Fergal Lyons is president of the Physical Education Association of Ireland (PEAI) and a PE teacher at Ardscoil Rís in Limerick.

“Exercise can often go by the wayside during the Leaving Cert years. I understand why, but it’s a big mistake. The international evidence is very clear: children and young people who are physically active achieve more academically.

“Not everybody loves sport or is a wonderful athlete, but the aim of PE is to make students aware of healthy living and diet and what it means to be physically active.

“Students need to find some kind of outlet or physical activity: it’s a great distraction, it’s a stress-reliever, it builds self-esteem and it regenerates the body and increases concentration.

“It can be GAA training, going for a run, Pilates, going to the gym or even a walk. There’s an outlet for everybody. If you don’t like organised sports, there is running or taekwondo or swimming.

“Bear in mind that being inactive is, in fact, a far bigger killer than obesity. Somebody who is overweight and active can be far healthier than a lean, inactive person.

“Students should aim for two hours per week of exercise; anything more is a bonus. About 30-40 minutes of moderate to intense physical activity, where you can feel a burn, brings huge benefits.”

Students’ survival tactics We asked four students, all of whom are involved with youth mental health charity, how they plan to get through the Leaving Cert years.


Emma Kennedy and Sofia Gutsaeva are both 16-year-old students entering fifth year at the Jesus and Mary College in Goatstown, Dublin.

Dean O’Reilly, (16), is a sixth-year student at Coláiste na hInse in Bettystown, Co Meath, while Luke Pendlebury is in fifth year at Coláiste Éanna in Rathfarnham, Dublin.

“We’ve been told to be prepared for a hard year, so I do feel a bit stressed,” says Sofia. “But I want to make sure I have time for a life after schools. I will meet up with friends and stay involved in activities. As well as being involved in, I take part in the Cór na nÓg youth choir and work with the environmental charity Eco-Unesco. It would be grim to only have study.”

Emma plans to keep up her involvement with St John’s Ambulance and also attends a stage school. “I think it’s going to be more important than ever to have another outlet away from school. For me, it’s a matter of staying organised.”

Luke expects that some parts of his life will go on the back burner.

“School will have to come first. I’ll be putting aside kickboxing to focus on study but I’ll make sure to have some other outlets and keep socialising: I’m looking forward to the school musical.”

The pressures on sixth-year Dean loom somewhat larger.

“I enjoy school and studying and am involved in the life of the school as a prefect. I know it’s important to balance study and life so I will try to keep on top of study as the year begins, rather than letting it all build up, and make time and space for socialising.”

All four students say that they’ll try to eat well, making sure to, at the very least, grab breakfast on their way out the door. And they all say they’ll be keeping active, to varying degrees.

Sofia plans to take up a sport to clear her mind and stay active. Luke will be going for his silver Gaisce award and plans to hit the gym. And Dean finds that simply taking the dog for a walk clears his mind.

Staying well at school: advice from psychologists School is a different experience for everyone, so the Psychological Society of Ireland (PSI) and ReachOut Ireland have put together some tips for students and parents:


Students: Being active improves mood, decreases anxiety and ensures a good night’s sleep. Go for a big walk, run or cycle.

Set goals this year, whether they’re focused in or out of the class. Having a focus and a goal helps with self-esteem.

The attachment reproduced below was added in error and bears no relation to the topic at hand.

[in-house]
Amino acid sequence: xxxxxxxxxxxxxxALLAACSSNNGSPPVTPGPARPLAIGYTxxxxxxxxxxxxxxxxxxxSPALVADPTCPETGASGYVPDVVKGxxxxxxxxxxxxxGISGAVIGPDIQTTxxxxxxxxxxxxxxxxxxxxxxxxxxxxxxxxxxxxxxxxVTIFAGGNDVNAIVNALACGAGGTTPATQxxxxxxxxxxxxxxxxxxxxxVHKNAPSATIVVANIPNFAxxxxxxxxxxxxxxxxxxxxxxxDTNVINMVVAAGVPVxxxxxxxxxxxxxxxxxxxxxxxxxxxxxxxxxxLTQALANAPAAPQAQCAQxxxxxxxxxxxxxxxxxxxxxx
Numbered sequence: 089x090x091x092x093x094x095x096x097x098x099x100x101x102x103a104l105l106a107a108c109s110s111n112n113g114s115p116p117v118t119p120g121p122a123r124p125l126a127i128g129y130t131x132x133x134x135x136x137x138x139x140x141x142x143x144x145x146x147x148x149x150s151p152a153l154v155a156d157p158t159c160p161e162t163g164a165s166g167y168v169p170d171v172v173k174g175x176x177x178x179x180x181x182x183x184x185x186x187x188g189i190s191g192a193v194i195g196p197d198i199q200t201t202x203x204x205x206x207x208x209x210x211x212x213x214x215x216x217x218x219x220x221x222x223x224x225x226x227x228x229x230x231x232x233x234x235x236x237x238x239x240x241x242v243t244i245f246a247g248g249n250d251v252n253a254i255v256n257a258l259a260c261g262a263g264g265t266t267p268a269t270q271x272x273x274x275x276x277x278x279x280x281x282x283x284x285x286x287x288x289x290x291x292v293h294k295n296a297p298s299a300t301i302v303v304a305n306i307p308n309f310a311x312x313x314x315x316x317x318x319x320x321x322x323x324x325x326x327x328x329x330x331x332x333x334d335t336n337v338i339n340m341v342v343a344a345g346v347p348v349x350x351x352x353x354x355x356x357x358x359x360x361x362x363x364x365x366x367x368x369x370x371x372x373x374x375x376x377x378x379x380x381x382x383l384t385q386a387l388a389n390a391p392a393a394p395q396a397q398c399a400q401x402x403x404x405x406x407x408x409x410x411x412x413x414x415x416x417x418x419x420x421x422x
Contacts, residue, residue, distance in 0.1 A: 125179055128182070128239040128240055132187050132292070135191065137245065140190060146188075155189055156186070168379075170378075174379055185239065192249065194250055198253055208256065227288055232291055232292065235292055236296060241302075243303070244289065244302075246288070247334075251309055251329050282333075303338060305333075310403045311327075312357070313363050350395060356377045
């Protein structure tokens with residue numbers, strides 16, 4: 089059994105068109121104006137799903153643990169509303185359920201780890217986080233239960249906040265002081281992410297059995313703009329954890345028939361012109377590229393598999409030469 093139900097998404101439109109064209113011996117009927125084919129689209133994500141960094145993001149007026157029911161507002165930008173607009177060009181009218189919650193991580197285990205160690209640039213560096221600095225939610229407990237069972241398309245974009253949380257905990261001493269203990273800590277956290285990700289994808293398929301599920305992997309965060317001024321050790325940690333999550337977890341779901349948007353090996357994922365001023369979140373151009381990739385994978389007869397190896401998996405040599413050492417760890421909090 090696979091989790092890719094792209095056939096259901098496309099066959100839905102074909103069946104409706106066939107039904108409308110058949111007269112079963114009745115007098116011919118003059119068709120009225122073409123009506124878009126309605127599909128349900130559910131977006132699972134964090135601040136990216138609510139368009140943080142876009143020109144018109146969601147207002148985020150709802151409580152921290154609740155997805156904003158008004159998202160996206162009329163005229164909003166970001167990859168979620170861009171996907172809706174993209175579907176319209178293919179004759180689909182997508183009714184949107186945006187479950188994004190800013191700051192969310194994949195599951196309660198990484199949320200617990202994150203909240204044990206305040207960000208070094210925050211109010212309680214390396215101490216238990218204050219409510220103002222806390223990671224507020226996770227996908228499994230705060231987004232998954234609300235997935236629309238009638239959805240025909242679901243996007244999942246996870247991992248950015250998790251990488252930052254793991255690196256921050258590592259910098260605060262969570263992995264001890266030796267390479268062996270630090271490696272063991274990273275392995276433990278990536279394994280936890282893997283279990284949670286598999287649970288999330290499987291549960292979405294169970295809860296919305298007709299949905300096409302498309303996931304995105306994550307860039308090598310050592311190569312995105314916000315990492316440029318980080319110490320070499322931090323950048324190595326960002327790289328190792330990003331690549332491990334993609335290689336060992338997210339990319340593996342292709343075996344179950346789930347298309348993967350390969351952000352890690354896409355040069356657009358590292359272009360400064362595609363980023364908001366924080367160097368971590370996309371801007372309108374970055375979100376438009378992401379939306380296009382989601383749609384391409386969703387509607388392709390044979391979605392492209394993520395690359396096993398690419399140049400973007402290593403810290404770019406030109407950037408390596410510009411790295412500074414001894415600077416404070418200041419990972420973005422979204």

Take up an instrument or new sport.

Taking part in sports clubs or extra-curricular activities allows you to get to know people outside the class and can help reduce anxiety.

It’s normal to worry about fitting in, making friends and how people think about you. You’re not alone and would be surprised how many people feel the same. Be patient with yourself and resist the temptation to avoid social opportunities.

Family, friends and school counsellors and year heads will want to help, so talk to them if you’re feeling anxious. Don’t just keep the feelings in your head.

If these feelings last longer than expected and you start to miss school, discuss additional support options with your GP.

If you’re panicking walking through the school gates, just take a minute and remember to breathe; it really helps with feeling calm again.



You might feel anxious too, but when talking to your child, use reassurance sparingly. Too much reassurance will prevent them learning to reassure themselves.

Acknowledge and understand the anxiety, don’t dismiss it. Listen and empathise.

Don’t support the option of avoiding school.

Your advice We asked the Twitter machine for tips about how to keep a balance between study and living during the Leaving Cert years:

A kickaround outdoors with my brothers every evening helped work off nervous tension, & I made sure to get plenty of sleep – @StanCarey

Mental & physical health as important as academic achievement. My son who is blind joined weekly gym as PE class – @LkellyoconnorO

Read a lot! Told myself that it was ‘study’ for the English paper, but it was really escapism from the stress – @ZoeAlicia101

[There’s]no 1 size fits all approach. Different personalities suit different study environments & routines. Don’t use others’ standards – @glennthefitz

Spent my time texting my new girlfriend and not studying anywhere near as much as my mammy thought – @conorsthoughts

Get up early on Sunday for bfast/coffee with a friend, then part ways to be in library by 11. Do something nice to ease in – @rosalindcaragh

I was super busy with extra-curriculars and cycled to every exam, if I took a break, the stress crept in, so I kept busy! – @joannaissu

Simply put; I didn’t. Found it hard to keep fit and guzzled energy drinks as exams loomed close! Enjoyed PE a lot though! – @TharLear

Timetables and lists were my lifeline because it meant that I didn’t feel guilty about taking time out because I had scheduled it in. I also just made sure I kept up ballet , drama and writing and so forth so I had social spaces and outlets to relax.

– @E_dayEccentric

I didn’t – @laoiselaoise